NW of the Golden Arches, Bullita Cave System. [KGG]

Judbarra / Gregory Karst Figure 14 (above) Profile and cross-sections of a partly unroofed passage beneath

Helictite, 41, 2012.

47

Martini & Grimes: Epikarstic maze caves

Martini & Grimes: Epikarstic maze caves Figure 17: Map of the Mini-Tower Karst, after Google Earth

Figure 17: Map of the Mini-Tower Karst, after Google Earth satellite imagery and some field checking. Altitudes in metres. View Google Earth at 16° 6.1'S, 130° 21.1'E.

become completely dissected and megakarren features appear. Giant grikes 1-5 m wide penetrate to the cave floors 10-15 m below, separating pinnacles and blocks of rock which have strong spitzkarren on the tops and sculptured walls (Figures 13, 14 and 15). As the grikes widen, one gets a ruiniform or ‘ruined city’ topography of isolated blocks, many of which are tilted (Figure 16), and finally an abrupt change to a broad flat-floored structural pavement on the lower Skull Creek Formation with only scattered blocks and sculptured pinnacles, which eventually degenerate into chaotic boulder fields. The boulders have even rolled down the slopes, where the latter are steep, that is, along the main streams. The width of this zone is irregular, sometimes over 100 m wide, but may be missing, for example on both sides of Limestone Gorge and along most of the cliffs dominating the Baines River.

At the outer edge of the degraded karst, one characteristically observes Supplejack blocks showing dips tilted in all directions, but resting on structurally undisturbed Lower Skull Creek carbonates (Figure 16). This suggests that the latter formation was little or not at all affected by karstification. Another characteristic of the degraded karst is that the cracks and irregular voids between blocks are most generally filled with silt and rubble to a thickness up to 10m. This material forms barriers to the drainage of the caves, as discussed later in the sections on cave sediments (page 54) and hydrology (page 54).

  • 48 Helictite, 41, 2012.

Along major joints or minor faults, dissolution was more intense, with development of long trenches, which have widths varying from 5 to 10 m or more, ranging from giant grikes to bogaz and box valleys. They are observed within all zones of the karrenfield, but tend to become wider towards the more mature stage. In many instances the giant grikes display irregular floors and are partly filled with silt, the same way as in the degraded karst (see above), with large boulders protruding from the floor. Wide shallow grikes with an undisturbed dolomitic limestone floor have also been observed (see figure 12c of Grimes, 2012a). The fact that the grikes did not always reach the base of the Supplejack is also demonstrated by cave passages developed under them. This indicates that the large grikes do not develop only from the collapse of cave passages at the base of the Supplejack, but also from dissolution from the top down.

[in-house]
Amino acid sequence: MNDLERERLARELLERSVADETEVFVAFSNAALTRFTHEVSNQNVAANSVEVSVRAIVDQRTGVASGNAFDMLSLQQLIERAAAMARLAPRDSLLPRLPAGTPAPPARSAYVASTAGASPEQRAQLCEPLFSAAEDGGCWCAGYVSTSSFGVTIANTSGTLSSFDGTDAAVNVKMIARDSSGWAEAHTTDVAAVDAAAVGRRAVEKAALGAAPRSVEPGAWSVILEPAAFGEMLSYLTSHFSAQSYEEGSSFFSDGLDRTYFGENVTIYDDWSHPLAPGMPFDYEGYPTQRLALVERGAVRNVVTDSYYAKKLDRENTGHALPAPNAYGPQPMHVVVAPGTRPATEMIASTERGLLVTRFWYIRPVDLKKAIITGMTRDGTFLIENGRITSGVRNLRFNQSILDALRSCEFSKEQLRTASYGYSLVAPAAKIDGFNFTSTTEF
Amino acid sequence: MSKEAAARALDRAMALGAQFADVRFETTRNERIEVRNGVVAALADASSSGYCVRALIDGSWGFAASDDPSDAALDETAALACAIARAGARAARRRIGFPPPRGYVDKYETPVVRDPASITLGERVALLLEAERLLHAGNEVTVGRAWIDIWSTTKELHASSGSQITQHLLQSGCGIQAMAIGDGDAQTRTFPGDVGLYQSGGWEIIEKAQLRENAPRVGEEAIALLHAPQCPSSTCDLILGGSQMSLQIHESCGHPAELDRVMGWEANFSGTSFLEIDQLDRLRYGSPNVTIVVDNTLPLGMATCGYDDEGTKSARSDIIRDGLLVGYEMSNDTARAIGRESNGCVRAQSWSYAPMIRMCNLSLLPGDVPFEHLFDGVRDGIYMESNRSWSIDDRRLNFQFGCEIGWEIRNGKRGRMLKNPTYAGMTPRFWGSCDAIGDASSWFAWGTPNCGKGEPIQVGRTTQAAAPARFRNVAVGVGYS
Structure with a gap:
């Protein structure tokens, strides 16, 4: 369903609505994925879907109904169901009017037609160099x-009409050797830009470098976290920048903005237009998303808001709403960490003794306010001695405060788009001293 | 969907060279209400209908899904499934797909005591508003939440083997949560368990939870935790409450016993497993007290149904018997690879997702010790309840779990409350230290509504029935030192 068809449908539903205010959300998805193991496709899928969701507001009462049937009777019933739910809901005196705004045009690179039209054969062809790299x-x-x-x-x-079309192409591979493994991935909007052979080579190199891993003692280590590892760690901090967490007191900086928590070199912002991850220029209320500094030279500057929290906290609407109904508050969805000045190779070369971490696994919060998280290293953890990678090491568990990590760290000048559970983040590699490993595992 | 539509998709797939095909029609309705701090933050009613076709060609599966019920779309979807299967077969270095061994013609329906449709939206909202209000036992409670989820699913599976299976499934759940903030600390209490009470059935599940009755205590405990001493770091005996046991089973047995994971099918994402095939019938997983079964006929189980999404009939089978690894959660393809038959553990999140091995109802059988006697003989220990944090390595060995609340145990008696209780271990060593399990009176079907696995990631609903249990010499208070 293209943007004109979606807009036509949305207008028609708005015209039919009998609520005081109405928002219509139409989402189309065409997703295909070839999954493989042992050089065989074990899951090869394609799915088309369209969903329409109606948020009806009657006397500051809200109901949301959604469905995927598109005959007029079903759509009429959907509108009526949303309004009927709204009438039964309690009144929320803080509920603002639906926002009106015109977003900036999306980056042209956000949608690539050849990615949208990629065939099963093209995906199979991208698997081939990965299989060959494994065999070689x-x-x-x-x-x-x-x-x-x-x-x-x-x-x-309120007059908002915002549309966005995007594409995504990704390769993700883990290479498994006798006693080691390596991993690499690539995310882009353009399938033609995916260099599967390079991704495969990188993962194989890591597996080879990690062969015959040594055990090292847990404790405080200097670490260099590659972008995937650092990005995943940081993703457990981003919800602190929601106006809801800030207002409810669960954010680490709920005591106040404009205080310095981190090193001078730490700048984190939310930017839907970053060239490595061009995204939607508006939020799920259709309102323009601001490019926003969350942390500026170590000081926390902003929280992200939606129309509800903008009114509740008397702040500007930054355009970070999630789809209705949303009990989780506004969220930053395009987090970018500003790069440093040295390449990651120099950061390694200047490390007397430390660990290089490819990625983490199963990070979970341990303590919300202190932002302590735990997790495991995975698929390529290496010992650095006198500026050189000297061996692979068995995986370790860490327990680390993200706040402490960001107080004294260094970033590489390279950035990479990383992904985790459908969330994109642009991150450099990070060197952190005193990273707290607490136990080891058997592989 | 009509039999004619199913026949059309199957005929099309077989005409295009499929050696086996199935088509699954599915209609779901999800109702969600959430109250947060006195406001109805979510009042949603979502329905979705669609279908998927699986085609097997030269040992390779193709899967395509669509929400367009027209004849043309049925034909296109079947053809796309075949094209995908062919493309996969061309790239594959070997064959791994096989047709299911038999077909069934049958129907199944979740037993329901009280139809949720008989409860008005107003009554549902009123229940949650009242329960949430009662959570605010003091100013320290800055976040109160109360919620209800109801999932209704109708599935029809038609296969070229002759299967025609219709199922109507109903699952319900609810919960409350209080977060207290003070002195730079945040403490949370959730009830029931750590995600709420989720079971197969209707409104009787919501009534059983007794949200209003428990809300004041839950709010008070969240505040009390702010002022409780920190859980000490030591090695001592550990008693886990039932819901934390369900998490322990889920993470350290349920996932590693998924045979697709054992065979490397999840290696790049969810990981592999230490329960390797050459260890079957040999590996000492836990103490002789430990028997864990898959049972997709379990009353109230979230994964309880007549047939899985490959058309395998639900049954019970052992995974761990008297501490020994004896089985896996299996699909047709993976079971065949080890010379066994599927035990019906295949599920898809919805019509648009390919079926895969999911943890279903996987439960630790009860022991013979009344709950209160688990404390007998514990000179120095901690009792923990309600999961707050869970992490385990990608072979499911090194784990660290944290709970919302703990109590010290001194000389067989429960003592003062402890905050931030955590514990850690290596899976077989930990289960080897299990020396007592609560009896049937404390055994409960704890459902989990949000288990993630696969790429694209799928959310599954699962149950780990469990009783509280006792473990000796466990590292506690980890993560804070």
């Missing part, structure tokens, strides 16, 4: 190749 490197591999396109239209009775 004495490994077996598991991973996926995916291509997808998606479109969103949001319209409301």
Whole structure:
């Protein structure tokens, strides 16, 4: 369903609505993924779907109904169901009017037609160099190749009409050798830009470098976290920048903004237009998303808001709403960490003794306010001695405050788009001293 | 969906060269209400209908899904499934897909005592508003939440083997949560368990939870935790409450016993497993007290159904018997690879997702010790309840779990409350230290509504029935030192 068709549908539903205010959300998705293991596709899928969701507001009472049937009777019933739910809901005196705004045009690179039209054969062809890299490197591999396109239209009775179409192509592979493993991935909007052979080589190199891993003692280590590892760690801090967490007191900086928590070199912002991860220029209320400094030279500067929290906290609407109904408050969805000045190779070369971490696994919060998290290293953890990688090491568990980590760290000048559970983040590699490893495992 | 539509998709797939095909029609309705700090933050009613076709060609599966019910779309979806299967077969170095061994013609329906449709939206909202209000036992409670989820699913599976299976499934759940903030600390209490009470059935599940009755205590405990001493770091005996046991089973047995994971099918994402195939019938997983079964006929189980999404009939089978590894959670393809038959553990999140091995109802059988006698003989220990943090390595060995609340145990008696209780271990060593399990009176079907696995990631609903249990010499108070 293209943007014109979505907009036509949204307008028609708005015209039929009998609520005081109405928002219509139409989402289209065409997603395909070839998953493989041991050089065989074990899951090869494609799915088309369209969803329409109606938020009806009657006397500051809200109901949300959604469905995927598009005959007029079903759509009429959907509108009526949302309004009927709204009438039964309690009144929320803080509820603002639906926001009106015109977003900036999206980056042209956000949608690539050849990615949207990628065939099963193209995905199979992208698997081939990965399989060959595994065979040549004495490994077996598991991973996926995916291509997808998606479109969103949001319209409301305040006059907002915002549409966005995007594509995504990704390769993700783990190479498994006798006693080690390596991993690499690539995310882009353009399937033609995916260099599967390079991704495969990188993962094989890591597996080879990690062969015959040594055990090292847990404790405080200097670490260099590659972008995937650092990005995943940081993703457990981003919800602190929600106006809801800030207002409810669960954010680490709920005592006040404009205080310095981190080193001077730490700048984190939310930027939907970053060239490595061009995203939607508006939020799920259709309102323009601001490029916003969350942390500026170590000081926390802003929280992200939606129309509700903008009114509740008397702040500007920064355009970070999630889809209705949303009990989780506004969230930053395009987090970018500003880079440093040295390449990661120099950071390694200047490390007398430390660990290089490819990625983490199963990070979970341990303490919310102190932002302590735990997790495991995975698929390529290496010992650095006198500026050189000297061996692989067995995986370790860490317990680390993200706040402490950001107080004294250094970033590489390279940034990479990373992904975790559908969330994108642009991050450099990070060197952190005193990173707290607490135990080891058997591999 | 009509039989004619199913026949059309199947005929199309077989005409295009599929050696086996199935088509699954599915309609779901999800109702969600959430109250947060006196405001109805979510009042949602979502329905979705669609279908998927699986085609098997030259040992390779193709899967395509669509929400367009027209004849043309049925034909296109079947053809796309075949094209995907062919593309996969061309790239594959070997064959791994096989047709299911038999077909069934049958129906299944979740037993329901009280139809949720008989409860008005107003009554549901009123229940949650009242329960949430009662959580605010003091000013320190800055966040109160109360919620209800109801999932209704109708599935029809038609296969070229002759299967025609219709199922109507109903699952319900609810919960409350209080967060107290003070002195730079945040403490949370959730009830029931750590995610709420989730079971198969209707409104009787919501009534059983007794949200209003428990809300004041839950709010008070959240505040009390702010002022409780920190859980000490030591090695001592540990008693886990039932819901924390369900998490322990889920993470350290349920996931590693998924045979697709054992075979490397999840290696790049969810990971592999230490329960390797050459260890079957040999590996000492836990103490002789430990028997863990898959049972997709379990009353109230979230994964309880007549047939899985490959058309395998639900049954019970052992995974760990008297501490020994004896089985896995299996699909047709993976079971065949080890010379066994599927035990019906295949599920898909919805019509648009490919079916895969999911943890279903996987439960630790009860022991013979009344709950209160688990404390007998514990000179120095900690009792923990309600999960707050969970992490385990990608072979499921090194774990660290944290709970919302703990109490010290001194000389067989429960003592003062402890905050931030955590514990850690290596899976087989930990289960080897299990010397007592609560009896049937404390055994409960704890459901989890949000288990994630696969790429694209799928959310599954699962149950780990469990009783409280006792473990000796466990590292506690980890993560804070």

The Mini-tower Karst

At the south-western end of the Southern area, and immediately to the north-east of the place where the Bullita Stock Route crosses the Supplejack Dolostone Member, an interesting and unusual karst area was discovered by J.Dunkley. It consists of a field of widely spaced pinnacles, which appears to result from the degeneration of the karrenfield. It is different and much more extensive than the other ‘ruined cities’ observed further north. It is nearly one kilometre long and is referred to here as the Mini-Tower Karst (Figures 12b and 17). Field work, mineralogical study and remote sensing

mapping shows that the Supplejack is here extensively invaded by secondary dolomite, which spared localised lenticular beds of primary dolomitic limestone, which are generally only a few metres thick. On the Google Earth satellite images, the dolomitised parts appear as white pavements, often retaining the typical jointing observed in the karst. The limestone pinnacles and the larger blocks are resting on this pavement. Here again the unaltered limestone is protruding on account of its mechanical resistance to erosion, which is greater than the friable, poorly karstified secondary dolostone, as discussed previously in the geology section (page 42).

Description of the caves

The following description concentrates mainly on the Bullita Cave System (Figure 5), which is the largest studied in the Judbarra / Gregory Karst.

This system consists of an intricate and dense maze of joint-controlled passages developed exclusively under the karrenfield: primarily under karren zones 2 and 3, with only incipient small passages under zone 1, and becoming unroofed or destroyed by roof breakdown under zone 4 (the degraded karst). However, under zone 4 the limit of cave development is less easy to delineate than under zone 1. Indeed, exploration and survey has

Judbarra / Gregory Karst